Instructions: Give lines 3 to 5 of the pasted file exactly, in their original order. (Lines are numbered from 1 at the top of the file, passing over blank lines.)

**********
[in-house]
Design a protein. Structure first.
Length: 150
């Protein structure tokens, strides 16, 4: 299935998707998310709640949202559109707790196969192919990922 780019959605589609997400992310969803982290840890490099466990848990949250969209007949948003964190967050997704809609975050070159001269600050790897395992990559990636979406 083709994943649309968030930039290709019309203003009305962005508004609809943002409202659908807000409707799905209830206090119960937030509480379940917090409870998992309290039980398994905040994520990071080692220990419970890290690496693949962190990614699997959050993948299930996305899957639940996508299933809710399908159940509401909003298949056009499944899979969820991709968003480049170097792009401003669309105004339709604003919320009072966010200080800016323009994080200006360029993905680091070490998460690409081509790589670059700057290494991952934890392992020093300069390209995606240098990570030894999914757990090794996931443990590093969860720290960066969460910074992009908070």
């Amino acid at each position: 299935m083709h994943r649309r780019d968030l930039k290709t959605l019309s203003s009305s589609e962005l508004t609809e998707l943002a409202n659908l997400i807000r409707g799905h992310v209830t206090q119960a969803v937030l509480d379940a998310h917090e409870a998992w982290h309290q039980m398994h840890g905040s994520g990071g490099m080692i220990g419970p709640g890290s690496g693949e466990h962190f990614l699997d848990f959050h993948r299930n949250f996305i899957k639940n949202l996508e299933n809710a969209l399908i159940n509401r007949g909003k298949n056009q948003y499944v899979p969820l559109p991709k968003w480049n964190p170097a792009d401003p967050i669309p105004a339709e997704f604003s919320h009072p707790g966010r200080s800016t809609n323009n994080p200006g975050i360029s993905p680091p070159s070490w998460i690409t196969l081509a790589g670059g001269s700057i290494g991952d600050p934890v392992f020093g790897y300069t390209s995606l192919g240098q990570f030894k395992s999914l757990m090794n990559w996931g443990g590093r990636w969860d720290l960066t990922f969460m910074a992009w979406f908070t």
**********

Length: 150
């Protein structure tokens, strides 16, 4: 299935998707998310709640949202559109707790196969192919990922 780019959605589609997400992310969803982290840890490099466990848990949250969209007949948003964190967050997704809609975050070159001269600050790897395992990559990636979406 083709994943649309968030930039290709019309203003009305962005508004609809943002409202659908807000409707799905209830206090119960937030509480379940917090409870998992309290039980398994905040994520990071080692220990419970890290690496693949962190990614699997959050993948299930996305899957639940996508299933809710399908159940509401909003298949056009499944899979969820991709968003480049170097792009401003669309105004339709604003919320009072966010200080800016323009994080200006360029993905680091070490998460690409081509790589670059700057290494991952934890392992020093300069390209995606240098990570030894999914757990090794996931443990590093969860720290960066969460910074992009908070």
């Amino acid at each position: 299935m083709h994943r649309r780019d968030l930039k290709t959605l019309s203003s009305s589609e962005l508004t609809e998707l943002a409202n659908l997400i807000r409707g799905h992310v209830t206090q119960a969803v937030l509480d379940a998310h917090e409870a998992w982290h309290q039980m398994h840890g905040s994520g990071g490099m080692i220990g419970p709640g890290s690496g693949e466990h962190f990614l699997d848990f959050h993948r299930n949250f996305i899957k639940n949202l996508e299933n809710a969209l399908i159940n509401r007949g909003k298949n056009q948003y499944v899979p969820l559109p991709k968003w480049n964190p170097a792009d401003p967050i669309p105004a339709e997704f604003s919320h009072p707790g966010r200080s800016t809609n323009n994080p200006g975050i360029s993905p680091p070159s070490w998460i690409t196969l081509a790589g670059g001269s700057i290494g991952d600050p934890v392992f020093g790897y300069t390209s995606l192919g240098q990570f030894k395992s999914l757990m090794n990559w996931g443990g590093r990636w969860d720290l960066t990922f969460m910074a992009w979406f908070t």